Displaying the Exit status of a UNIX or Linux command

Easy Linux Commands: Working Examples of Linux Command SyntaxFrom my upcoming book Easy Linux Commands:

Whenever a command or shell script completes successfully, it sets a hidden status code of zero. If the command is unsuccessful, it sets a nonzero hidden status code. This completion status code is known as the exit status. The exit status of the last command or script that was run is contained in the special shell variable, $?.

Most of the time we never look at this value and instead check to see if the command did what we want or look for errors in the output of commands. In a shell script, however, we may want to check the exit status to make sure everything is going OK. The exit status of the last command can be displayed as follows:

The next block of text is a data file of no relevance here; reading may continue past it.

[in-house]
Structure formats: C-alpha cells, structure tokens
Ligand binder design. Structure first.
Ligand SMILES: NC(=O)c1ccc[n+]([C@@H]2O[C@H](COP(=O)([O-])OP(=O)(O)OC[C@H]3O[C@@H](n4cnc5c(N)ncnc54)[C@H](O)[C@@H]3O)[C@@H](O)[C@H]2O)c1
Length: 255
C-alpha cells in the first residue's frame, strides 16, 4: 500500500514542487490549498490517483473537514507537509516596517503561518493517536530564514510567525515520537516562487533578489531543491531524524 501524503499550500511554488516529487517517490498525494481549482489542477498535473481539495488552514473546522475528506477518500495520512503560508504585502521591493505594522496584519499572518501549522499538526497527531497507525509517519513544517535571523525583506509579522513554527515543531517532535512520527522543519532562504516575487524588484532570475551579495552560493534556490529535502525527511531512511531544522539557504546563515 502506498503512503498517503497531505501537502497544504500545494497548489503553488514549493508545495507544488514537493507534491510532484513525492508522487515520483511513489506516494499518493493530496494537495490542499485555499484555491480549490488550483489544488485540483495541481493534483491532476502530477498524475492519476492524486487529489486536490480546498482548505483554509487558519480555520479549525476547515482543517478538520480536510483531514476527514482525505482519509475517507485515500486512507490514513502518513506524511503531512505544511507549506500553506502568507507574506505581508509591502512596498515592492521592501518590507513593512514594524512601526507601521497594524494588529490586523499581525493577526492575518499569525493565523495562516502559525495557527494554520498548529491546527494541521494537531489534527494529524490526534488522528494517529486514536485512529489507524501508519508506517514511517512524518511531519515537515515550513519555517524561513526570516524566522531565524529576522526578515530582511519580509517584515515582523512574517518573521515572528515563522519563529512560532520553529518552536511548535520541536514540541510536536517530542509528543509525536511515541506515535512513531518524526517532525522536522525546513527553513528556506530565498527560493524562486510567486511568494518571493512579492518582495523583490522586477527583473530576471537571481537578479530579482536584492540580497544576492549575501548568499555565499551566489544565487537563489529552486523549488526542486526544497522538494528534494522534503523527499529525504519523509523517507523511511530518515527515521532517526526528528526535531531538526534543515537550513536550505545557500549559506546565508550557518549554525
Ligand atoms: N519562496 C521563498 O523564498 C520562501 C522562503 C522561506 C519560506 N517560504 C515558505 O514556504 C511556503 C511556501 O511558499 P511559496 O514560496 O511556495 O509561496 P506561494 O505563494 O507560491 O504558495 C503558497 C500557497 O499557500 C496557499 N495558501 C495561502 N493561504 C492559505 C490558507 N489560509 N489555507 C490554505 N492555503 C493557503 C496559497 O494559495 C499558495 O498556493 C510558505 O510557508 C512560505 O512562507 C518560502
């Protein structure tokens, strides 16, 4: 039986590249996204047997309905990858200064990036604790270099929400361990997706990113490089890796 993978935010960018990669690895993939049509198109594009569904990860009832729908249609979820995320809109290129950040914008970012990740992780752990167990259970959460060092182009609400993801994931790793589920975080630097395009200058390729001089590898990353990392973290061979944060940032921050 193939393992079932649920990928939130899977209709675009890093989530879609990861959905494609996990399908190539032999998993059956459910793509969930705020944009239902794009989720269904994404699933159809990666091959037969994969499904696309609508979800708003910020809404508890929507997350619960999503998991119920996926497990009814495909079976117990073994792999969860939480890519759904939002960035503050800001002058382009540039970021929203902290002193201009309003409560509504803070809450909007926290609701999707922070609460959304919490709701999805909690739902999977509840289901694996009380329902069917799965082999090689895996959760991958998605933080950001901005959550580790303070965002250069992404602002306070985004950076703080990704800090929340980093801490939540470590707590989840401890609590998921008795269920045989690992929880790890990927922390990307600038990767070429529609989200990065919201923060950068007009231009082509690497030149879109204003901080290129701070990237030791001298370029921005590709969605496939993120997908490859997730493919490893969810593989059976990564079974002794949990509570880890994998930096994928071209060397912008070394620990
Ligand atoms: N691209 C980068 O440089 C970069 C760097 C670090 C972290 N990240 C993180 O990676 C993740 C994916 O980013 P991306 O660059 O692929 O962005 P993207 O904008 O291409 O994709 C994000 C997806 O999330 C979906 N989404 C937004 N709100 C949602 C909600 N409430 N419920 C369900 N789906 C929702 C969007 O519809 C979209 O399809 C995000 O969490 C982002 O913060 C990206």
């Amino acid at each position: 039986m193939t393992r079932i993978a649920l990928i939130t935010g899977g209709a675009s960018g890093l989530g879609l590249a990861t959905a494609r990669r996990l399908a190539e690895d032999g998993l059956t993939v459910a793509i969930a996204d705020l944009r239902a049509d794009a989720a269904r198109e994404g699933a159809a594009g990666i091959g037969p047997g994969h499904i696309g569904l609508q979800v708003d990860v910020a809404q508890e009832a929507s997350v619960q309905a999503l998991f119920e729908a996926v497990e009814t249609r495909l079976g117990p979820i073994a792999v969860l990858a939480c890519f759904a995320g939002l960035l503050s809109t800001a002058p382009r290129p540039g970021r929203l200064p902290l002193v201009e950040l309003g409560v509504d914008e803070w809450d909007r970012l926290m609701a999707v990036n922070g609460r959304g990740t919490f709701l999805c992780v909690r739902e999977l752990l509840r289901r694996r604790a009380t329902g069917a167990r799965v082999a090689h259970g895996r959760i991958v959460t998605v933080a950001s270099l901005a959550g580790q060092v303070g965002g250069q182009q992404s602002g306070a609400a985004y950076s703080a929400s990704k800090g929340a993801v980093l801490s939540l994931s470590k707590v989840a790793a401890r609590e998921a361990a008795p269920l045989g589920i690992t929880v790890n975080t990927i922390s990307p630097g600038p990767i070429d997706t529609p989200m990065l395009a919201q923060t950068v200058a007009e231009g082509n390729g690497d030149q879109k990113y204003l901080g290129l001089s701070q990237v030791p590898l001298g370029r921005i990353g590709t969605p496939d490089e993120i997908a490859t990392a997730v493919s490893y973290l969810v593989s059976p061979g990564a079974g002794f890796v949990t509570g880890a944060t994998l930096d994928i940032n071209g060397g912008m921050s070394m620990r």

$ ls
example1.fil example2.xxx examples test.bsh umask_example.fil
$ echo $?
$ ls *.txt
ls: *.txt: No such file or directory
$ echo $?

The value of the exit code can then be used in a conditional statement or be transferred to another variable.

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linux, unix, linux command, exit status

2 thoughts on “Displaying the Exit status of a UNIX or Linux command”

  1. Yes, often overlooked…. so I never miss it, I modify my bash command prompt to automatically include the last command status, e.g.

    export PS1=': \!,$? ; '

    this will print out a prompt such as
    : 101,1 ;
    where 101 is the history number of the current command and 1 was the status of the previous command. The ‘:’ & ‘;’ are used so prompt would be treated like a comment if it ever ends up as input to the shell (e.g. from a copy/paste)

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